‘It can be done’

The implications of the Danish rescue operation resonated strongly in the United States. The Roosevelt administration had long insisted that rescue of Jews from the Nazis was not possible. The refugee advocates known as the Bergson Group began citing the escape of Denmark’s Jews as evidence that if the Allies were sufficiently interested, ways could be found to save many European Jews.

The Bergson Group sponsored a series of full-page newspaper advertisements about the Danish-Swedish effort, headlined “It Can Be Done!” On Oct. 31, thousands of New Yorkers jammed Carnegie Hall for the Bergson Group’s “Salute to Sweden and Denmark” rally.

Keynote speakers included members of Congress, Danish and Swedish diplomats, and one of the biggest names in Hollywood—Orson Welles, director of “Citizen Kane” and “The War of the Worlds.” In another coup for the Bergson Group, one of the speakers was Leon Henderson, one of President Franklin Delano Roosevelt’s own former economic advisers (Henderson had headed the White House’s Office of Price Administration).

In blunt language that summed up the tragedy—and the hope—Henderson declared: “The Allied Governments have been guilty of moral cowardice. The issue of saving the Jewish people of Europe has been avoided, submerged, played down, hushed up, resisted with all the forms of political force that are available… Sweden and Denmark have proved the tragedy of Allied indecision… The Danes and Swedes have shown us the way… If this be a war for civilization, then most surely this is the time to be civilized!”

Dr. Rafael Medoff is director of The David S. Wyman Institute for Holocaust Studies, in Washington, D.C. His latest book is “FDR and the Holocaust: A Breach of Faith.”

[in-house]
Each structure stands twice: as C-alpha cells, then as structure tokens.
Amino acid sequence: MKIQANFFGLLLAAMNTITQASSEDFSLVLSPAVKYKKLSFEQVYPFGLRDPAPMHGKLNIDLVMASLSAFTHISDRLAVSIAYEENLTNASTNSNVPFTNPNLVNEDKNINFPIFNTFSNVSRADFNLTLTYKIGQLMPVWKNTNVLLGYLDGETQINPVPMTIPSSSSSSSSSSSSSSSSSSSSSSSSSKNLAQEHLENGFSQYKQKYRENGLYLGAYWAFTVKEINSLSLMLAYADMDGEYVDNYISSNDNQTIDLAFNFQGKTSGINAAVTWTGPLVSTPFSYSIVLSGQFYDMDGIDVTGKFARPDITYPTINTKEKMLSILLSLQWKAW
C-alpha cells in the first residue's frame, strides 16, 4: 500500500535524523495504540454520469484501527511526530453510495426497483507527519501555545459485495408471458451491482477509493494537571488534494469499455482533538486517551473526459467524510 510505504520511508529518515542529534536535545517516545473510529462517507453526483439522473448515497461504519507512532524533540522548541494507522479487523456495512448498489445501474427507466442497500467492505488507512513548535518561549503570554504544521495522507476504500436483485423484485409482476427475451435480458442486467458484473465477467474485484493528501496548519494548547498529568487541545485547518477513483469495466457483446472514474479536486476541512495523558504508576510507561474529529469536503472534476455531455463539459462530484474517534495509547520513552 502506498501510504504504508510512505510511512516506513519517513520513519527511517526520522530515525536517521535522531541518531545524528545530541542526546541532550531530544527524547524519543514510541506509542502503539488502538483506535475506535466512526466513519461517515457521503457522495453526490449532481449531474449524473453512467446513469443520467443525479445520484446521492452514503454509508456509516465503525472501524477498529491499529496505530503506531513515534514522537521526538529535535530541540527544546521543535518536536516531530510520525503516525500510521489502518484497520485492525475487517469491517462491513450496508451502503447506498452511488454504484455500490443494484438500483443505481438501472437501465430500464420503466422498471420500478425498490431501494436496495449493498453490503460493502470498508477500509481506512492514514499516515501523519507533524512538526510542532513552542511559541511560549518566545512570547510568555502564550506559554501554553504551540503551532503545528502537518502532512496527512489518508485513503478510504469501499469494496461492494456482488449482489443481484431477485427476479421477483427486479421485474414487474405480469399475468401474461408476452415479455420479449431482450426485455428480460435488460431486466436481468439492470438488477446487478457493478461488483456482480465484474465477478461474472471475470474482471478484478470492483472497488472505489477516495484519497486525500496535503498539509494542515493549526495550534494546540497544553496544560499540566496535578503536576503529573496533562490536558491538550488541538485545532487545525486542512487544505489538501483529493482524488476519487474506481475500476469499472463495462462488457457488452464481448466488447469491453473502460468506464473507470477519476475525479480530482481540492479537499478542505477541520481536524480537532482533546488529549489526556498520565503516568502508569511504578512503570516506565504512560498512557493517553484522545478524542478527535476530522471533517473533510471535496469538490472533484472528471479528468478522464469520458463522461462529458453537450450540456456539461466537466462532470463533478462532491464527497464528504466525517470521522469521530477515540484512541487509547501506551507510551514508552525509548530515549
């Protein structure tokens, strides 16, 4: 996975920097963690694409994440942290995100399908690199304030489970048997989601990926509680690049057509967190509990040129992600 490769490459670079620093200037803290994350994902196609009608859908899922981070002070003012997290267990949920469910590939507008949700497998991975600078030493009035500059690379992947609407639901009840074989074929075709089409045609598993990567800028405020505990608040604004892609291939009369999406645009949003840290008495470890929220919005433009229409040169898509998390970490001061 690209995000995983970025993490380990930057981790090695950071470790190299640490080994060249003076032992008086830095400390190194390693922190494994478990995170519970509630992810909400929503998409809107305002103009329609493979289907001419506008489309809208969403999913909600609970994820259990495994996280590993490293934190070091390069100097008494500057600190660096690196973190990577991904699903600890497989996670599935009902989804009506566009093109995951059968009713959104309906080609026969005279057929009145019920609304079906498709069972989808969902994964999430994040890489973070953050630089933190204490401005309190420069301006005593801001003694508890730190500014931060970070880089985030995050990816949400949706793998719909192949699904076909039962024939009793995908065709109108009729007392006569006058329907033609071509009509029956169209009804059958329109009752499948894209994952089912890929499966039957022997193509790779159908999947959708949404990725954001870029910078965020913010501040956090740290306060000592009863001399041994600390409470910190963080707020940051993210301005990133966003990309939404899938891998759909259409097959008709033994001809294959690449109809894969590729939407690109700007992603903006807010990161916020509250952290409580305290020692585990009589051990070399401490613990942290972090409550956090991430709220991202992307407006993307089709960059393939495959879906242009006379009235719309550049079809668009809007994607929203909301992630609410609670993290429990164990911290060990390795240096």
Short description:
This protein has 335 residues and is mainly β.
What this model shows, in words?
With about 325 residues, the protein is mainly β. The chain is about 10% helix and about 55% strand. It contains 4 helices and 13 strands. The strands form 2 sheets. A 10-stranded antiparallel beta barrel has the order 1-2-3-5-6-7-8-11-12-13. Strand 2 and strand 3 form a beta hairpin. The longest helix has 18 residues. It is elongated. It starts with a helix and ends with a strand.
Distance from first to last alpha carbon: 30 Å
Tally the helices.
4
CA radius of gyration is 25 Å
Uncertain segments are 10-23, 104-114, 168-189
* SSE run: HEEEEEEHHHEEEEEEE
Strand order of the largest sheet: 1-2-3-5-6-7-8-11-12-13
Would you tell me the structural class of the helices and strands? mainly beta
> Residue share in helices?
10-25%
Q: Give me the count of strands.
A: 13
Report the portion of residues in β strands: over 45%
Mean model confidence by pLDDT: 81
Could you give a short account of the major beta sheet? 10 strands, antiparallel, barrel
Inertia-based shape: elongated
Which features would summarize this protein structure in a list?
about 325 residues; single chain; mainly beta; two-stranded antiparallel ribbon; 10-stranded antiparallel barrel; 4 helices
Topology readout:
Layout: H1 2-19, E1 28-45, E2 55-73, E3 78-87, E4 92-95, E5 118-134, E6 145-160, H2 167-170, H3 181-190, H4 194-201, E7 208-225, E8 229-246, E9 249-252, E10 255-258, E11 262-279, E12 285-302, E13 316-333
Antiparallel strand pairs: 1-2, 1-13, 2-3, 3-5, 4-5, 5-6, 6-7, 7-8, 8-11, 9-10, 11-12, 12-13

Update on Pastor Saeed Abedini

September 3rd, 2015

By Sean Savage/

Pastor Saeed Abedini

Pastor Saeed Abedini

Pastor Saeed Abedini, an Iranian-American Christian pastor who has been detained in Iran since 2012, has become the international face of the brutal persecution of Christians by the Islamic Republic.

Abedini was arrested by Iran’s Islamic Revolutionary Guard Corps while visiting relatives and building an orphanage in the city of Rasht. Initially placed under house arrest, he was transferred to Iran’s notorious Evin Prison and later to Rajai Shahr Prison.

“[Evin Prison is] known to be one of the most brutal prisons inside of Iran and has one of the highest execution rates. Traditionally, it was the place where they kept their highest-security prisoners,” said Tiffany Barrans—international legal director at the American Center for Law and Justice (ACLJ), a law firm and social activism organization that has represented Abedini and his family since shortly after his arrest. “Originally, he was housed with those convicted of murder. Now he is housed with the political prisoners.”

“Saeed is anything but political. He really truly was there building an orphanage and doing humanitarian work,” Barrans added.

According to the ACLJ, Rajai Shahr Prison is “even more dangerous” than Evin Prison.

In addition to Abedini, three other American citizens are believed to be held in Iran. This includes former U.S. Marine Amir Hekmati, 32, who was arrested by Iran during a purported family visit in 2011 and is serving a 10-year prison sentence; Jason Rezaian, 39, the Washington Post’s Tehran correspondent who is currently on trial for espionage and hostile acts; and Robert Levinson, 67, a Jewish former FBI agent who disappeared on Iran’s Kish island eight years ago.

According to Barrans, Abedini has been forced to live in horrid conditions inside the Iranian prison.

“Physically, this is about as bad as you can imagine,” she said. “He has been given no protein, no clean water, has sanitary issues, and lives in extremely overcrowded conditions in a room built for 20 people that houses 80 people. … He described how they all share one toilet, and that it is difficult to clean because feces and urine leak from the ceiling above.”

Barrans added that Abedini is suffering from two medical conditions that doctors have said he needs surgery for, but Iran has refused treatment.